Royal Mail deliveries could be cut to three times a week to save money: Ofcom

MAIL deliveries could drop to five – or even three – times a week in a bid to save hundreds of millions of pounds.

The proposal is contained in a report by regulator Ofcom as it looks at options to “secure the long-term future” of the Royal Mail.

“The universal postal service risks becoming unsustainable as people send fewer letters and receive more parcels, meaning reform is necessary to secure its long-term future,” a spokesperson said.

“Postal services and postal workers remain essential to those who rely on them.

“Eight in 10 people (79%) say some things will always need to be sent by post. And three quarters of those who use postal services (74%) say they rely on the post for letters.”

The number of letters sent via Royal Mail has plummeted

The number of letters sent via Royal Mail has plummeted

However, while Royal Mail’s obligations have not changed since 2011, letter volumes have halved and parcel deliveries have become increasingly important.

The rising cost of providing the service means it is at risk of becoming “financially and operationally unsustainable”, the report said.

Ofcom is now asking for people to have their say on possible changes to Royal Mail services, including cutting the number of deliveries.

It comes after villagers in Somerset complained of receiving mail sporadically in recent months, which Royal Mail blamed on staff shortages and flooding.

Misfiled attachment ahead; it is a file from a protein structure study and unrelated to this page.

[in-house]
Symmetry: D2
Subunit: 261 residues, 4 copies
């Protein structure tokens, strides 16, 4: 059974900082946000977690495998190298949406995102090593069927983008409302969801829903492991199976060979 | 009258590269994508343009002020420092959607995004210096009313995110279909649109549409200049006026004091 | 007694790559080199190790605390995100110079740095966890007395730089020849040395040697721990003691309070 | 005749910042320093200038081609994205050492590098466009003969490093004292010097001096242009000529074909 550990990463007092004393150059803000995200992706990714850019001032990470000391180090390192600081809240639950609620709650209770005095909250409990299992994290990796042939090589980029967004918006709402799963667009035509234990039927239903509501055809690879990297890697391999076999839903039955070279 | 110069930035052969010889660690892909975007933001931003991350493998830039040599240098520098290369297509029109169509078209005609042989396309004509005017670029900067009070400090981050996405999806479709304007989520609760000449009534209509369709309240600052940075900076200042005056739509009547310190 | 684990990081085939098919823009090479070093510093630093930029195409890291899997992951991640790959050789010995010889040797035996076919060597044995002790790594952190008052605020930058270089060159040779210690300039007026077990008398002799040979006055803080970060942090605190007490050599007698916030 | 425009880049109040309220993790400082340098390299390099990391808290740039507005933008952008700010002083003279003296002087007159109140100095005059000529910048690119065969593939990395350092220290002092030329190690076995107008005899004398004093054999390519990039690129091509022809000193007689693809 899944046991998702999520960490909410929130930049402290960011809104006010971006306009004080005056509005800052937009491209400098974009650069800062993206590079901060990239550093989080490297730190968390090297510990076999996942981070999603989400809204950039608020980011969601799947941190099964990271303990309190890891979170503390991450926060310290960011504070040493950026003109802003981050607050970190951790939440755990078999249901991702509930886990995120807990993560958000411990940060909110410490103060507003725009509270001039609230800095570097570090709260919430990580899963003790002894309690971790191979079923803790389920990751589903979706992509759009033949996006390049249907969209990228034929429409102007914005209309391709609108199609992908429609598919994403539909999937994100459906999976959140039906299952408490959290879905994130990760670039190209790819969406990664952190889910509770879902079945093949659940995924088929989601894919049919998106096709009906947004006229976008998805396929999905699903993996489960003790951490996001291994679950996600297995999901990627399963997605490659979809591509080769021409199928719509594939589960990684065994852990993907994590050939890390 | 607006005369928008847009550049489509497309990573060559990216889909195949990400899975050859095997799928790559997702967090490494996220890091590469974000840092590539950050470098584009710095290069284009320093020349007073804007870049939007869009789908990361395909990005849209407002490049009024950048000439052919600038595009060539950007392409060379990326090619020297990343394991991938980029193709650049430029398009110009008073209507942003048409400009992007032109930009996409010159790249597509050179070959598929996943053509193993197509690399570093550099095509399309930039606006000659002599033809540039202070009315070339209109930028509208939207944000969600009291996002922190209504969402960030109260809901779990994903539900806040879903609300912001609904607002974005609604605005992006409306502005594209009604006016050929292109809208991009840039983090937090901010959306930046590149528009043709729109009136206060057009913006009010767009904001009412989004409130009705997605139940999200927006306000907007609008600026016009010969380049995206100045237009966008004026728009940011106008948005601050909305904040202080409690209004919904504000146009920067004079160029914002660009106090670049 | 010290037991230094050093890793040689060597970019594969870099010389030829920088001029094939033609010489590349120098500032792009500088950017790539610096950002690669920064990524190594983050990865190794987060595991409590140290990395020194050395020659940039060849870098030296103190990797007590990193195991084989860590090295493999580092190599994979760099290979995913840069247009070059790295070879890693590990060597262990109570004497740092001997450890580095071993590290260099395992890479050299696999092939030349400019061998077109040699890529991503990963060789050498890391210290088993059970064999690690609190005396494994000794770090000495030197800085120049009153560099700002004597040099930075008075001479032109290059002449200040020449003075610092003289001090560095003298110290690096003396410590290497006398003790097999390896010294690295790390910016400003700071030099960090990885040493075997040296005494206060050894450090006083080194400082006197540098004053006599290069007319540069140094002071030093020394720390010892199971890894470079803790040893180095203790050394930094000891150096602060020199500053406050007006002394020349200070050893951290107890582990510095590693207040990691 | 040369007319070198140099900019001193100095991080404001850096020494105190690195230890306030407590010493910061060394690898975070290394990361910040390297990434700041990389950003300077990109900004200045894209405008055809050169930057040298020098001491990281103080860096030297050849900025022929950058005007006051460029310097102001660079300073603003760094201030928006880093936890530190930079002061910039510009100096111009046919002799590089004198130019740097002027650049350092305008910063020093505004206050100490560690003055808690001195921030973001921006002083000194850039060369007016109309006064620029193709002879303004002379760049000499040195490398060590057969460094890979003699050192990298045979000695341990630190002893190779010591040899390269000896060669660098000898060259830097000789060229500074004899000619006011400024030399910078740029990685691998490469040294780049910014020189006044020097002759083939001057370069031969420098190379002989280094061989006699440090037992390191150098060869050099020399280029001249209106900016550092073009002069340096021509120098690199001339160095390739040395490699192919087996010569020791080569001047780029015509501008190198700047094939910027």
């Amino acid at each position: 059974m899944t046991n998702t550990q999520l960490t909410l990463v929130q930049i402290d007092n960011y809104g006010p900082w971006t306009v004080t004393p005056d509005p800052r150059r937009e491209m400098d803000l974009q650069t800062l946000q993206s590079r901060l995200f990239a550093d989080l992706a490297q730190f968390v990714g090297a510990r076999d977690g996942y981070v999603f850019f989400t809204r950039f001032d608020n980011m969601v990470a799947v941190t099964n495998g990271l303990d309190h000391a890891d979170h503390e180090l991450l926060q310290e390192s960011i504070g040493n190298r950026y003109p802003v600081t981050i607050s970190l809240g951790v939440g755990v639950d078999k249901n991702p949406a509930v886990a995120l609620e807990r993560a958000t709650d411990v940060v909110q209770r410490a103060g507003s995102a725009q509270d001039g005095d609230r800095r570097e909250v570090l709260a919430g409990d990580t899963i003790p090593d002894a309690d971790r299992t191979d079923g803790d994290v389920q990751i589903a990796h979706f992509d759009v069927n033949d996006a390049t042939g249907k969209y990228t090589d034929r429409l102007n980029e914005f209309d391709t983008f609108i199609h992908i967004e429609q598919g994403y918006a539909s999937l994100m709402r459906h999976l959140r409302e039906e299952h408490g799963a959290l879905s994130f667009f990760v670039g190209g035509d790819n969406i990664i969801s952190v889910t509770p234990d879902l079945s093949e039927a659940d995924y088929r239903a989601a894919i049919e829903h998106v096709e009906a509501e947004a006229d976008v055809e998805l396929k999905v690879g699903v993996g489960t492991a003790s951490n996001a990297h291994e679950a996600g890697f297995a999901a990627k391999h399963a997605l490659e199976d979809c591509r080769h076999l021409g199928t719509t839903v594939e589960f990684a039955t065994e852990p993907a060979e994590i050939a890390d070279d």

Last year, Ofcom fined Royal Mail £5.6 million for poor performance.

The two primary options the regulator has set out are:

  • Making changes to existing First and Second Class and business products so most letters are delivered through a service taking up to three days or longer, with a next-day service still available for any urgent letters.
  • Reducing the number of letter delivery days in the service from six to five or three.
    This would require Government and Parliament to change primary legislation.
    We estimate that Royal Mail could achieve a net cost saving of £100m-£200m if letter deliveries were reduced to five days; and £400m-£650m if reduced to three days.

Downgrading delivery targets is not an option for reform, the watchdog said, with any changes improving existing levels of reliability.

Meanwhile, the cost of a second-class stamp has also been capped – to rise no more than the rate of inflation.

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Ofcom chief executive, Dame Melanie Dawes, said: “Postal workers are part of the fabric of our society and are critical to communities up and down the country.

“But we’re sending half as many letters as we did in 2011, and receiving many more parcels.

“The universal service hasn’t changed since then, it’s getting out of date and will become unsustainable if we don’t take action.

“So we’ve set out options for reform so there can be a national discussion about the future of universal post.

“In the meantime, we’re making sure prices will remain affordable by capping the price of Second Class stamps.”

People can comment on the analysis before April 3, with an update due in the summer.

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